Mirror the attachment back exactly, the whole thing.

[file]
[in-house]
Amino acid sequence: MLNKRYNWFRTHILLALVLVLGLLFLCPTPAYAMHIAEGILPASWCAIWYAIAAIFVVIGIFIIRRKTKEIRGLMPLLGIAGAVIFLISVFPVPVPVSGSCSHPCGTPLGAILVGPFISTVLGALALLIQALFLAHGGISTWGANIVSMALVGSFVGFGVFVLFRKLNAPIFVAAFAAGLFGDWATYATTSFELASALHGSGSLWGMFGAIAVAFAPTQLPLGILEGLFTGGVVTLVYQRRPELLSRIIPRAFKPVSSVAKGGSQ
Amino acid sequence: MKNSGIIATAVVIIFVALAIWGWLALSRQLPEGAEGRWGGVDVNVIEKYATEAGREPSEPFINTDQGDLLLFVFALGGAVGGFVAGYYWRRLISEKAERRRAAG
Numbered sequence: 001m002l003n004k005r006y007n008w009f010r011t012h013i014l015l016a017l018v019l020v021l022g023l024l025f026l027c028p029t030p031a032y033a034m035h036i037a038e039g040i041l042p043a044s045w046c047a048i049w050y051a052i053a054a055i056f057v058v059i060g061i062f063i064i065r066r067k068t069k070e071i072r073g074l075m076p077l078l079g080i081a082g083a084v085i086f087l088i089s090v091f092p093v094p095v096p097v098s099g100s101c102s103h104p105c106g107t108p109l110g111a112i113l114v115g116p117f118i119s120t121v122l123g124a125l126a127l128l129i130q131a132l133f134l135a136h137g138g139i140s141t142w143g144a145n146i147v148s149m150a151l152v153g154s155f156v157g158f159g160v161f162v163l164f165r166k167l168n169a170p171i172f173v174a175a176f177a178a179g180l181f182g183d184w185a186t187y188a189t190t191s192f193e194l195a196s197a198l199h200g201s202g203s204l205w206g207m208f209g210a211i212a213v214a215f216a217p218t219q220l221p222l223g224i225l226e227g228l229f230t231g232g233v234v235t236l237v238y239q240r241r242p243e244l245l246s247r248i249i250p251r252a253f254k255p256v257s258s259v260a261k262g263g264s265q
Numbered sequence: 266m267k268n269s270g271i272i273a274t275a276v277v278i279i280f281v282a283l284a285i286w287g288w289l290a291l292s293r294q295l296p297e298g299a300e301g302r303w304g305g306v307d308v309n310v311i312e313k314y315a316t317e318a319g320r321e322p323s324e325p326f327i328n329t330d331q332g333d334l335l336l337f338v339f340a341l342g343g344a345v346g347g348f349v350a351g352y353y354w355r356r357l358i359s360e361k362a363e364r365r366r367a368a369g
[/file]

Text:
[in-house]
Amino acid sequence: MLNKRYNWFRTHILLALVLVLGLLFLCPTPAYAMHIAEGILPASWCAIWYAIAAIFVVIGIFIIRRKTKEIRGLMPLLGIAGAVIFLISVFPVPVPVSGSCSHPCGTPLGAILVGPFISTVLGALALLIQALFLAHGGISTWGANIVSMALVGSFVGFGVFVLFRKLNAPIFVAAFAAGLFGDWATYATTSFELASALHGSGSLWGMFGAIAVAFAPTQLPLGILEGLFTGGVVTLVYQRRPELLSRIIPRAFKPVSSVAKGGSQ
Amino acid sequence: MKNSGIIATAVVIIFVALAIWGWLALSRQLPEGAEGRWGGVDVNVIEKYATEAGREPSEPFINTDQGDLLLFVFALGGAVGGFVAGYYWRRLISEKAERRRAAG
Numbered sequence: 001m002l003n004k005r006y007n008w009f010r011t012h013i014l015l016a017l018v019l020v021l022g023l024l025f026l027c028p029t030p031a032y033a034m035h036i037a038e039g040i041l042p043a044s045w046c047a048i049w050y051a052i053a054a055i056f057v058v059i060g061i062f063i064i065r066r067k068t069k070e071i072r073g074l075m076p077l078l079g080i081a082g083a084v085i086f087l088i089s090v091f092p093v094p095v096p097v098s099g100s101c102s103h104p105c106g107t108p109l110g111a112i113l114v115g116p117f118i119s120t121v122l123g124a125l126a127l128l129i130q131a132l133f134l135a136h137g138g139i140s141t142w143g144a145n146i147v148s149m150a151l152v153g154s155f156v157g158f159g160v161f162v163l164f165r166k167l168n169a170p171i172f173v174a175a176f177a178a179g180l181f182g183d184w185a186t187y188a189t190t191s192f193e194l195a196s197a198l199h200g201s202g203s204l205w206g207m208f209g210a211i212a213v214a215f216a217p218t219q220l221p222l223g224i225l226e227g228l229f230t231g232g233v234v235t236l237v238y239q240r241r242p243e244l245l246s247r248i249i250p251r252a253f254k255p256v257s258s259v260a261k262g263g264s265q
Numbered sequence: 266m267k268n269s270g271i272i273a274t275a276v277v278i279i280f281v282a283l284a285i286w287g288w289l290a291l292s293r294q295l296p297e298g299a300e301g302r303w304g305g306v307d308v309n310v311i312e313k314y315a316t317e318a319g320r321e322p323s324e325p326f327i328n329t330d331q332g333d334l335l336l337f338v339f340a341l342g343g344a345v346g347g348f349v350a351g352y353y354w355r356r357l358i359s360e361k362a363e364r365r366r367a368a369g